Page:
AWS Manual Integration Setup

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Introduction

Threat Stack integrates with Amazon Web Services (AWS). Threat Stack users can automatically set up an AWS integration through the CloudFormation method. However, if the user must understand each permission included in the Threat Stack AWS integration, then follow the procedures in this article to manually configure the AWS integration.

Prerequisites:

  • Administrator access to your AWS account
  • Access to the Threat Stack console with a configured Threat Stack account
  • A text editing program

Tip

Use side-by-side browser windows – one for AWS and one for Threat Stack – to complete these instructions.

1. Create a Trail, S3 Bucket, and SNS Topic

An AWS CloudTrail integration requires a unique S3 Bucket with a unique SNS Topic name.

  1. Log into the AWS Console and go to Services > Management Tools > CloudTrail. The Dashboard page displays.


    Dashboard.png

  2. In the left navigation pane, click Trails. The Trails page displays.


    TrailsPage.png

  3. Click the Create Trail button. The Create Trail page displays.


    CreateTrail.png

  4. In the Trail name field, type a name for the trail. This is the name of your CloudTrail configuration for Threat Stack.
  5. In the Apply trail to all regions section, confirm the Yes radio button is selected.
  6. In the Management events section, in the Read/Write events section, confirm the All radio button is selected.
  7. In the Storage Location section, in the Create a new S3 bucket section, confirm the Yes radio button is selected.
  8. In the S3 bucket field, type a name for the S3 bucket. Threat Stack recommends you match at least part of the S3 bucket name to the Trail name, so the two are easy to correlate in the future.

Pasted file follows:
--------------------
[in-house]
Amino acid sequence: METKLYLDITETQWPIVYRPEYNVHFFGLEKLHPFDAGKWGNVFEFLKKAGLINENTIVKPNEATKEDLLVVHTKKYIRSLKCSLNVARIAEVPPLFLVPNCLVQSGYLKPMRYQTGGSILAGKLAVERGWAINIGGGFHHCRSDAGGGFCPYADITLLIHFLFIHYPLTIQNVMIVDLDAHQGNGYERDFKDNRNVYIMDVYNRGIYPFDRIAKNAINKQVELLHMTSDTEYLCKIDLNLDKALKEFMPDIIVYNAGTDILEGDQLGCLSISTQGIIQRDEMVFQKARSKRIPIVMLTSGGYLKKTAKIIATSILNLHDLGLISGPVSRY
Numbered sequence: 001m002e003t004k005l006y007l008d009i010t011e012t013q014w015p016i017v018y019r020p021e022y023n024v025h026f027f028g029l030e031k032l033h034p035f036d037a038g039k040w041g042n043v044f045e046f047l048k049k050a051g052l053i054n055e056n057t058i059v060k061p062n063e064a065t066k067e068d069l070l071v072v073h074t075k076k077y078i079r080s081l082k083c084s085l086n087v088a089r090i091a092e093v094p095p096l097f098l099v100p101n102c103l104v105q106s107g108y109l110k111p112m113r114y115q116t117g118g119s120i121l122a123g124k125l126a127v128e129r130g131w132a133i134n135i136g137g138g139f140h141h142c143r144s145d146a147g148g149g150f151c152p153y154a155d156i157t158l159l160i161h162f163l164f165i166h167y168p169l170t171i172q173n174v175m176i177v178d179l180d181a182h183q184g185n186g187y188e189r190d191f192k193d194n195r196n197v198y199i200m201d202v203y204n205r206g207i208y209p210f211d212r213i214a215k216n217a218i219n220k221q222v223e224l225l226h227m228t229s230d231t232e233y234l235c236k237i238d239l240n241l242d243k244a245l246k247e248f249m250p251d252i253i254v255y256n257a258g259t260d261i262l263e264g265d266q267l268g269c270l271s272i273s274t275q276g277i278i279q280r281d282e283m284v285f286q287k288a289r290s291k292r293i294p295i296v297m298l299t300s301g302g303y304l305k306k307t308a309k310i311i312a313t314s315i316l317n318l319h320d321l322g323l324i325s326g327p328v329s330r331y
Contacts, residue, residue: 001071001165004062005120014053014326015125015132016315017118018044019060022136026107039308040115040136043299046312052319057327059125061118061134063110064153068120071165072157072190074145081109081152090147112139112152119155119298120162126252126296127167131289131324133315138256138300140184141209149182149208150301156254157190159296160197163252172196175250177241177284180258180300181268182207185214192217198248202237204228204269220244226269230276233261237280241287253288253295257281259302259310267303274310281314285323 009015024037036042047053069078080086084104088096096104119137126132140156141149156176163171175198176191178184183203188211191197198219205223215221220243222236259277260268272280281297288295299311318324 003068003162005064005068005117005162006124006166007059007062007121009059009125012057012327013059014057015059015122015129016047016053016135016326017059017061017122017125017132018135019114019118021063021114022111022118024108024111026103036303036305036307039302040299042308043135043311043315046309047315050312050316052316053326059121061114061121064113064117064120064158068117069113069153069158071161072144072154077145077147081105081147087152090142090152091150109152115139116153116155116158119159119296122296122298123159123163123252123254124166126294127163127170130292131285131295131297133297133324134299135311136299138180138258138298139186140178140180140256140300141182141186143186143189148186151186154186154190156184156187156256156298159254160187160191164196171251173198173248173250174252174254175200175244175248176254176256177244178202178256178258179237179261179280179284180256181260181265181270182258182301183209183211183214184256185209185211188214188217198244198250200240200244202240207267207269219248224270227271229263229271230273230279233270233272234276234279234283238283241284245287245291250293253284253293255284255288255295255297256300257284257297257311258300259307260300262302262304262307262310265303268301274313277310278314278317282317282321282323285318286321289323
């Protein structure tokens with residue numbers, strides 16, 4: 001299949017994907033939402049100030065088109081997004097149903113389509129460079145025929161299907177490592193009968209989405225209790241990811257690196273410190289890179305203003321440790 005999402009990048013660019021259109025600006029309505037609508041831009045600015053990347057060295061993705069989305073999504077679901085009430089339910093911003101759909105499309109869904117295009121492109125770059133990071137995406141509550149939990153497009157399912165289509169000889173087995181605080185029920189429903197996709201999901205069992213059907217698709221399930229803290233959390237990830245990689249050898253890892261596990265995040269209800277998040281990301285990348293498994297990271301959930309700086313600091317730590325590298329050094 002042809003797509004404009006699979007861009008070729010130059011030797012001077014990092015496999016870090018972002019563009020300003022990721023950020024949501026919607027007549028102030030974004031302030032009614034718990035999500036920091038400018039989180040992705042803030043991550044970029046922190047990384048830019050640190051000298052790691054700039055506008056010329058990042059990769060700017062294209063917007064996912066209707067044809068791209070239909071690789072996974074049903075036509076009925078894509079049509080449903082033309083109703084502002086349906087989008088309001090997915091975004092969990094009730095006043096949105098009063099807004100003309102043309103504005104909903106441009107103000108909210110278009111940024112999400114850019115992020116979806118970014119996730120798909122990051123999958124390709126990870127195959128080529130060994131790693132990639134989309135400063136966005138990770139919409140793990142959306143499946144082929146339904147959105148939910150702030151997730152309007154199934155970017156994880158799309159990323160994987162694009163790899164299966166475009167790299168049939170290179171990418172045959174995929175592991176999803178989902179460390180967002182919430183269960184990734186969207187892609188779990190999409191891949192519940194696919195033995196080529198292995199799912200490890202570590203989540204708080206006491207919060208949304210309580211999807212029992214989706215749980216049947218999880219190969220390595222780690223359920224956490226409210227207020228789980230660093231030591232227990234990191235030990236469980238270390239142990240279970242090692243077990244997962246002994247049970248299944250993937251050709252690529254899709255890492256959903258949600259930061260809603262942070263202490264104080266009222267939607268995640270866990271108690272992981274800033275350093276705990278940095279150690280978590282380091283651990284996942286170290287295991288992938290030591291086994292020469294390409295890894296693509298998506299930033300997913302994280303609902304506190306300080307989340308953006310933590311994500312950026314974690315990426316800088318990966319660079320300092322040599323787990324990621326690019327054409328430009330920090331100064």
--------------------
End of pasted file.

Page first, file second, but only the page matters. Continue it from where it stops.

Warning

    Do not click the Create button. If you click the Create button, then the AWS integration does not complete correctly.

  9. Create a new SNS Topic for the S3 bucket.


    StorLocationAdvLink.png

    1. Click the Advanced expand link. The Advanced options for logs and delivery display.
    2. In the Send SNS notification for every log final delivery section, select the Yes radio button. Additional fields display.
    3. In the Create a new SNS topic section, select the Yes radio button.
    4. In the SNS topic field, type an SNS topic name. Threat Stack recommends you match at least part of the SNS topic name to the Trail name, so the two are easy to correlate in the future.
  10. Click the Create button. AWS now contains a Threat Stack-specific CloudTrail S3 bucket and an SNS topic.
2. Create Threat Stack-Specific SQS Queue and Attach SNS Topic

The CloudTrail SQS Queue must subscribe to the CloudTrail SNS Topic to receive CloudTrail logs.

  1. In the AWS Console, go to Services > Application Integration > Simple Queue Service. The SQS page displays.


    CreateQueue.png